7. The sources of industrial wastes in small island developing States are mainly fish processing, manufacturing processes, mining, quarrying and agro-industry, such as sugar and rum production. In a number of small island developing States, oil refining and petrochemical production also generate industrial wastes. Industries are often situated in areas close to coasts or water bodies, and solid and liquid wastes are directly discharged into them normally with very little if any pretreatment. Probably due to the lack of technological capabilities, end-of-pipe solutions rather than reduction of waste generation are seen as the major option to control pollution resulting from wastes. Major components of hazardous wastes generated in small island developing States are chemicals, including agrochemicals, heavy metals and medical wastes. These are usually incinerated with insufficient emission control equipments, buried at source, or more often disposed of in dump sites without proper control systems. Many small island developing States have still not ratified the Basel Convention on the Control of Transboundary Movements of Hazardous Wastes and Their Disposal.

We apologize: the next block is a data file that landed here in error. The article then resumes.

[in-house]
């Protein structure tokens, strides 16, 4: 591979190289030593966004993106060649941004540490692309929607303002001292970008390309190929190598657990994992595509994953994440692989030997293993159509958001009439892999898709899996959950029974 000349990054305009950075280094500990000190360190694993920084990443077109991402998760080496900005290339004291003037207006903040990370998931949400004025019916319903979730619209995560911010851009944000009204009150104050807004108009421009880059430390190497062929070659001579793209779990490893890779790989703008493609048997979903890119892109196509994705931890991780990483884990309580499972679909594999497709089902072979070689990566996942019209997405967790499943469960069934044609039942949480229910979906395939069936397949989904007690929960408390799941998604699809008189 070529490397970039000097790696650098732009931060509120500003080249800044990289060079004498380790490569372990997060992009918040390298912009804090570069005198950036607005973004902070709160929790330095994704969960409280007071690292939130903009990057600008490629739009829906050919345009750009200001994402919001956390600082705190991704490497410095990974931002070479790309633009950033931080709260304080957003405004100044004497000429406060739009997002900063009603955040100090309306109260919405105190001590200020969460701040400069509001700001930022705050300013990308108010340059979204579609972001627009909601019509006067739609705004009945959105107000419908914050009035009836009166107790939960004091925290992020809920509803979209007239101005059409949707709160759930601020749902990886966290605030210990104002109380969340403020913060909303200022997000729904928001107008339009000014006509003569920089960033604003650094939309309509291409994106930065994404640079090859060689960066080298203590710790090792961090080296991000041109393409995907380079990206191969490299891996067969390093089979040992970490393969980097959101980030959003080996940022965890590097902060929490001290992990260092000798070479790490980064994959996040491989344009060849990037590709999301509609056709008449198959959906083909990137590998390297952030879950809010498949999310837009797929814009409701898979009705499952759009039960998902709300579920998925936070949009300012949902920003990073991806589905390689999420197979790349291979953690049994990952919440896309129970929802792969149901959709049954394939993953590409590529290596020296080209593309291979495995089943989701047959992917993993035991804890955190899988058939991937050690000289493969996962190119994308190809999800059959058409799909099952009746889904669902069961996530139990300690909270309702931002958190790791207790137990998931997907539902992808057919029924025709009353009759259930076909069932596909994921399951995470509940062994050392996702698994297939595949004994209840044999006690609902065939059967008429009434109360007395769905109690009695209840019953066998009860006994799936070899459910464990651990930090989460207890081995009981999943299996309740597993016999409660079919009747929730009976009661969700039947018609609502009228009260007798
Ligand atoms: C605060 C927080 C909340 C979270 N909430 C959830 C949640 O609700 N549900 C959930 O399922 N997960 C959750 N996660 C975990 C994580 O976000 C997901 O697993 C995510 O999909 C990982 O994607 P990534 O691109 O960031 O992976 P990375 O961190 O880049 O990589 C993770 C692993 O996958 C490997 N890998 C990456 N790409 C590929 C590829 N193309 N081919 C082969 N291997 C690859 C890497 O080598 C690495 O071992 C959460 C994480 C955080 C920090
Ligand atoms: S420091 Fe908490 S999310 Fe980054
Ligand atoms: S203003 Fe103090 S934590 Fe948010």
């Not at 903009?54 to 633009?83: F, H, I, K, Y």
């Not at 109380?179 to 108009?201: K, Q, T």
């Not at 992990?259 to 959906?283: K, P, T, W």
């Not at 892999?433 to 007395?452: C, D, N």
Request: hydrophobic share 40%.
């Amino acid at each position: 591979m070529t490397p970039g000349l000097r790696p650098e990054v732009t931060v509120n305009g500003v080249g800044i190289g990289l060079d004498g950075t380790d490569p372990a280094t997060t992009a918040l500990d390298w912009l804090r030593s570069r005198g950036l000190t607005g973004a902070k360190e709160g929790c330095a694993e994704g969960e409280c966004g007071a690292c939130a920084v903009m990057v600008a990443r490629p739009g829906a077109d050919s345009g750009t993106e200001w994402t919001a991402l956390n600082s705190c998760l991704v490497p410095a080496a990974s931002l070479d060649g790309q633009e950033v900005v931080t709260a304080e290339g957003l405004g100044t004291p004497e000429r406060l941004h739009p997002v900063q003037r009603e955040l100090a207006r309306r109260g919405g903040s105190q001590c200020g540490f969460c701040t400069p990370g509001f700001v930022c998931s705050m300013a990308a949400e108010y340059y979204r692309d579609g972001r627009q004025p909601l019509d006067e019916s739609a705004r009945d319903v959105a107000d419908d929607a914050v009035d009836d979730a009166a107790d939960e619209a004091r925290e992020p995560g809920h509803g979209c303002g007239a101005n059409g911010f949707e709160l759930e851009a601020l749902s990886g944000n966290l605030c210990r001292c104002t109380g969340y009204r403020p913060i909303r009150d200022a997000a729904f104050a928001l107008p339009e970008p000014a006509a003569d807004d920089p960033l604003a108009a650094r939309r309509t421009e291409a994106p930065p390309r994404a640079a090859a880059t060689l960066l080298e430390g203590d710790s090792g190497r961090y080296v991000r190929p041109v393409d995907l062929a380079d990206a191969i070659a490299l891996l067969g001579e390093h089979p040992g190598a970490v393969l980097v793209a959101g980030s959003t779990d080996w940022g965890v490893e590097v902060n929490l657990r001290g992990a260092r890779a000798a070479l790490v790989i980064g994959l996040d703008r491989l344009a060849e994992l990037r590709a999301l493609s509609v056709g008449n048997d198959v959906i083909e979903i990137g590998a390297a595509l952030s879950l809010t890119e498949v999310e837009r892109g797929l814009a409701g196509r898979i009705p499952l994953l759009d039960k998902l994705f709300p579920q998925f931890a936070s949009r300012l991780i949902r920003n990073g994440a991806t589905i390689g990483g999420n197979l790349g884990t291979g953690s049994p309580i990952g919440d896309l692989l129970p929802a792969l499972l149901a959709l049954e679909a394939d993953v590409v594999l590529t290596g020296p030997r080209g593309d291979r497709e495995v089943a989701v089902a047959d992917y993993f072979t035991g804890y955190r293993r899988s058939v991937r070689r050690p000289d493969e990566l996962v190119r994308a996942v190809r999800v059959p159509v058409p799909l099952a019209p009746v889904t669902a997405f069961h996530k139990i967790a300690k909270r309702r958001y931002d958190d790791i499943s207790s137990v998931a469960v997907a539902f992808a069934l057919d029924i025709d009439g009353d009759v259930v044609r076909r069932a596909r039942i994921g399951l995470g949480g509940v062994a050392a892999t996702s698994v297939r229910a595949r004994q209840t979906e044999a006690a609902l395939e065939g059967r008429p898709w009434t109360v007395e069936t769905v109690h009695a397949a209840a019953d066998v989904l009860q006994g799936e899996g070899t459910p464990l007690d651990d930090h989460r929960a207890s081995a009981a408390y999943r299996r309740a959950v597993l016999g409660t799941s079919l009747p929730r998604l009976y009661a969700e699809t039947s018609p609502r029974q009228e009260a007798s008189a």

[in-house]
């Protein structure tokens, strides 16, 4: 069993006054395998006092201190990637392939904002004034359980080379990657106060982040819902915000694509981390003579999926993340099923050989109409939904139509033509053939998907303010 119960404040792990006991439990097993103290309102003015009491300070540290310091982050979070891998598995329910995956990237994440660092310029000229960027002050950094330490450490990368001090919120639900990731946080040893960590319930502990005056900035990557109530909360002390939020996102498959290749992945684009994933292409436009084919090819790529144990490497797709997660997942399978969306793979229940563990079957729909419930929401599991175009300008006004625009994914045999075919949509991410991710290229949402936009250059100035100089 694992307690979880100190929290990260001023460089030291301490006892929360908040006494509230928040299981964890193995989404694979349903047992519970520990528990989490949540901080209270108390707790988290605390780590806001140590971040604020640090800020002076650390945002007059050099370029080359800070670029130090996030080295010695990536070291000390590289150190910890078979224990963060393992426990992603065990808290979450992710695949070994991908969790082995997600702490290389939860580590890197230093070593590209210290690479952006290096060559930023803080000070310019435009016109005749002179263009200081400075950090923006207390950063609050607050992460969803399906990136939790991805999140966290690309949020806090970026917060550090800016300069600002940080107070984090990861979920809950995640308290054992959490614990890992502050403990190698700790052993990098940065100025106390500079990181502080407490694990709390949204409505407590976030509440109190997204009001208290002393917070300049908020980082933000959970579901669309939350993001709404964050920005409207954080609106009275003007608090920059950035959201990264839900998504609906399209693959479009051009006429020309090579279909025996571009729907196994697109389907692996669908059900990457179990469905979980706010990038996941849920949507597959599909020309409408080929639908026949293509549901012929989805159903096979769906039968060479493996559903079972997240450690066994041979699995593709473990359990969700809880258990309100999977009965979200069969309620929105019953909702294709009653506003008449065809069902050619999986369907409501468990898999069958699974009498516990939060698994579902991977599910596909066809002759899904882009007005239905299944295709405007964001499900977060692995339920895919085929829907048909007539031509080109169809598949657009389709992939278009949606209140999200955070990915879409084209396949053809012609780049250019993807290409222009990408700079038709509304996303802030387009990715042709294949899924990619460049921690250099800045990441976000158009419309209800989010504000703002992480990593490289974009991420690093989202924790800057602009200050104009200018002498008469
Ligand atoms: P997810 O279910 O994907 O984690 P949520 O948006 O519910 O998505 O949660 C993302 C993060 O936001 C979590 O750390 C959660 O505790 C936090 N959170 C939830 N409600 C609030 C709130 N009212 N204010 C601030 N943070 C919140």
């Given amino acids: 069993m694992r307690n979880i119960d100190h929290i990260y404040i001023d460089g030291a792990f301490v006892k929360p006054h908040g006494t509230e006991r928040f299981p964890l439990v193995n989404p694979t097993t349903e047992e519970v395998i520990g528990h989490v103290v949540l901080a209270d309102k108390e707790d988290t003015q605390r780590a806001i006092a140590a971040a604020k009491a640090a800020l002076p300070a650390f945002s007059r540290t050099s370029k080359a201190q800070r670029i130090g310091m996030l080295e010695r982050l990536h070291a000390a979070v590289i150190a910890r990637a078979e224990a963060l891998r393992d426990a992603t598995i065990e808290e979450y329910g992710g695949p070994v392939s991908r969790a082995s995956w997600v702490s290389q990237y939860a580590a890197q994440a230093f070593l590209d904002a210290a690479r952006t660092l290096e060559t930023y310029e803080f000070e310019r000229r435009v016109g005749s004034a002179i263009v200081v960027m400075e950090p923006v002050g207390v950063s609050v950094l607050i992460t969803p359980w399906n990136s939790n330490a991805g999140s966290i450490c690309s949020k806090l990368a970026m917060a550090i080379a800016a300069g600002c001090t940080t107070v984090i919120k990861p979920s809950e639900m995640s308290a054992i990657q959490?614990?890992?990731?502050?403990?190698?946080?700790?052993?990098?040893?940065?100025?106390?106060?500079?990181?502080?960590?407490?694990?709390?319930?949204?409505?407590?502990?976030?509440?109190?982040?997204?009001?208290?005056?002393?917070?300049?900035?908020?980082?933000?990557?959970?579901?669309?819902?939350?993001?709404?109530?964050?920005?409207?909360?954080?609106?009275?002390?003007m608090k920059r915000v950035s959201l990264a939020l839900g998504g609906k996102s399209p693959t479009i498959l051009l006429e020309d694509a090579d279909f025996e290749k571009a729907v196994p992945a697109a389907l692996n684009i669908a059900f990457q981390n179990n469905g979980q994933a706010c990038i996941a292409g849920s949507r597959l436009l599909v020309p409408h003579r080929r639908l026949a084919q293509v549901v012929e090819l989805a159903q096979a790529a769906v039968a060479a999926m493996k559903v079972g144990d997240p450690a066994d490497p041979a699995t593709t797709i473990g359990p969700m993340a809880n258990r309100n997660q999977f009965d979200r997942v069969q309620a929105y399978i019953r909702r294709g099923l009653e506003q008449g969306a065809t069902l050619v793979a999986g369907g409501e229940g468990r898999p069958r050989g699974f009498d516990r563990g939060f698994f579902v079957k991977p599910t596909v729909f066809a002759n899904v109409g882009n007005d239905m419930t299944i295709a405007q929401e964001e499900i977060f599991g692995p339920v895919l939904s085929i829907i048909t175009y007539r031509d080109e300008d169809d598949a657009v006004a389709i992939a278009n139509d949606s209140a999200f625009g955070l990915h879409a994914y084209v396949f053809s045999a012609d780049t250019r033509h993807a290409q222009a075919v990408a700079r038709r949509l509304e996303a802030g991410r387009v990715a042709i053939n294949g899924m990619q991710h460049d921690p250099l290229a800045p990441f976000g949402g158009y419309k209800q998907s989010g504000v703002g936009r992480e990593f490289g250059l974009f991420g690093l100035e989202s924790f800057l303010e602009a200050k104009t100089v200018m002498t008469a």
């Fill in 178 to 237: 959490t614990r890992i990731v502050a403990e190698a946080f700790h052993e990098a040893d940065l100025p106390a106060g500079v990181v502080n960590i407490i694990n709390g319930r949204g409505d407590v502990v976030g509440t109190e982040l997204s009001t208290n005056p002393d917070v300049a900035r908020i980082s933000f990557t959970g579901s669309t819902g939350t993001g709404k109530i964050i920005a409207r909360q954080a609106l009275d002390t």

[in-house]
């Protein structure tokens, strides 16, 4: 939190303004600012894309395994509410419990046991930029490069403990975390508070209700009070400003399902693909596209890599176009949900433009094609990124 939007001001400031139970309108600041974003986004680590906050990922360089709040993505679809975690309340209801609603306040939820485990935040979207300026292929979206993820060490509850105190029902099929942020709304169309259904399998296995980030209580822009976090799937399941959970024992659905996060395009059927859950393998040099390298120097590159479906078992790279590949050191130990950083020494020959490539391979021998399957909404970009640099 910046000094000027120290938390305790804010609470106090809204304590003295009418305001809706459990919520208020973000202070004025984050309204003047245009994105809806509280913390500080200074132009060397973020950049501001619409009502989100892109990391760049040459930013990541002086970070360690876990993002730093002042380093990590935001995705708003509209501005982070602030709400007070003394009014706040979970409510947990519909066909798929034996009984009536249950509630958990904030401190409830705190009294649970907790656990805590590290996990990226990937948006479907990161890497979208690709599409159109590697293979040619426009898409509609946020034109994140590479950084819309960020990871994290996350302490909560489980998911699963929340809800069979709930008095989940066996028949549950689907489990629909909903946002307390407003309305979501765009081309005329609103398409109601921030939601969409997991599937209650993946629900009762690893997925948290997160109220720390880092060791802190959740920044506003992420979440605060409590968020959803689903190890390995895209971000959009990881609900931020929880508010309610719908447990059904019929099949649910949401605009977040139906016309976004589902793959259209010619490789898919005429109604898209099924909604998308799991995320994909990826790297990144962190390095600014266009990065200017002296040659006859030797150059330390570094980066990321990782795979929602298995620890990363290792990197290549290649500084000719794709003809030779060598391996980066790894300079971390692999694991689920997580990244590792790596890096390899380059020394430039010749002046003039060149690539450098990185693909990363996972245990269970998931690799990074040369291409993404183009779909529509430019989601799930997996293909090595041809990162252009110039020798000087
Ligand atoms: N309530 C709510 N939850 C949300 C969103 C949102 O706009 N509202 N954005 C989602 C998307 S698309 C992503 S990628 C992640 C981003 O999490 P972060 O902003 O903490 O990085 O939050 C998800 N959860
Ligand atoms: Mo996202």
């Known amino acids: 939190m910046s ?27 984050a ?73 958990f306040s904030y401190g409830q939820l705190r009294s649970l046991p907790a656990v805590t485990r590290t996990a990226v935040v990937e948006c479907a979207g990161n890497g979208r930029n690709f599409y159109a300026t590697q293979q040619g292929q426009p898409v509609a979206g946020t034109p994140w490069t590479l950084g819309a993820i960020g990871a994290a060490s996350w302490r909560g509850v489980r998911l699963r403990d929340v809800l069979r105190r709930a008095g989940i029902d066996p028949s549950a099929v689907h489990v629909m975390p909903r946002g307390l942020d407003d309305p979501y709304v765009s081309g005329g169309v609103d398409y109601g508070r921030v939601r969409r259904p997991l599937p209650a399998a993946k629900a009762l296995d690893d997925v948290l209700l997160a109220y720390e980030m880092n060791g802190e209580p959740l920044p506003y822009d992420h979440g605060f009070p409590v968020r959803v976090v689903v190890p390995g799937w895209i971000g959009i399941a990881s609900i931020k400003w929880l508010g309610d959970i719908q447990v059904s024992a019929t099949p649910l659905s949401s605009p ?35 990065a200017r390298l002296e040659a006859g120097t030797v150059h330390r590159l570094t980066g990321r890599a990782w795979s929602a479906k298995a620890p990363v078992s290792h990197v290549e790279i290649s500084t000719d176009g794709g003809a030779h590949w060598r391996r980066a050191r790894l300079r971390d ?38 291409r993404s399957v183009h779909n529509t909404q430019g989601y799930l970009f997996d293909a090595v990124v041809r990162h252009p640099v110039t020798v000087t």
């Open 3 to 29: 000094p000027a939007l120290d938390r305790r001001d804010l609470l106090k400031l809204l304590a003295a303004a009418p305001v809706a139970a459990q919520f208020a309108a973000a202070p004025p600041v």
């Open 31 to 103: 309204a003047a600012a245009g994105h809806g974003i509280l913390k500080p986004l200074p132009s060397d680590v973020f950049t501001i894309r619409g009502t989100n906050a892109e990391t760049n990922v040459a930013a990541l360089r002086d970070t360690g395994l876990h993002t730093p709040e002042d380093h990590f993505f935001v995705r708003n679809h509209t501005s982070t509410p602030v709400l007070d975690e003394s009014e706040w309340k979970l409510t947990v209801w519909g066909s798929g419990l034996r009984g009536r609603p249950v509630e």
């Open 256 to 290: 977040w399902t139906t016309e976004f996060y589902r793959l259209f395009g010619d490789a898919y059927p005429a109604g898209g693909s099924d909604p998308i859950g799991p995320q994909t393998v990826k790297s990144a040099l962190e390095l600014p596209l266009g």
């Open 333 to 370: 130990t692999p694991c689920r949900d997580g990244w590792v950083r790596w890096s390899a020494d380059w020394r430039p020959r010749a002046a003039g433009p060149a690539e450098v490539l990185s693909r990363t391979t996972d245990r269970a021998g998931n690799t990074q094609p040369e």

C. Wastewater

8. Liquid wastes are major pollutants of freshwater systems -- enclosed coastal waters, aquifers and groundwater. Poor or non-existent piped sewerage systems in many rural and urban areas make sewage treatment difficult in small island developing States. Only a fraction of industrial and municipal wastewater is treated before being discharged into the surrounding land and water resources. Since many of the existing systems are operated in an unsanitary manner without proper monitoring, they threaten human health, either directly through the contamination of water supplies or indirectly through the contamination of food and fodder. Effective management strategies for wastewater treatment, including reuse, are lacking in most small island developing States, and when in place they are poorly implemented. Moreover, a lack of technical capabilities to operate and maintain the existing facilities for sewage treatment make it difficult to control wastewater. In small urban and rural areas, such alternatives as composting sewage and the enhanced use of septic tanks have been developed. The septic tank has been an effective treatment method for wastewater in areas occupied by a limited population. A number of problems, however, have been identified, such as limited control over design, lack of sludge removal and poor facilities to dispose of sludge.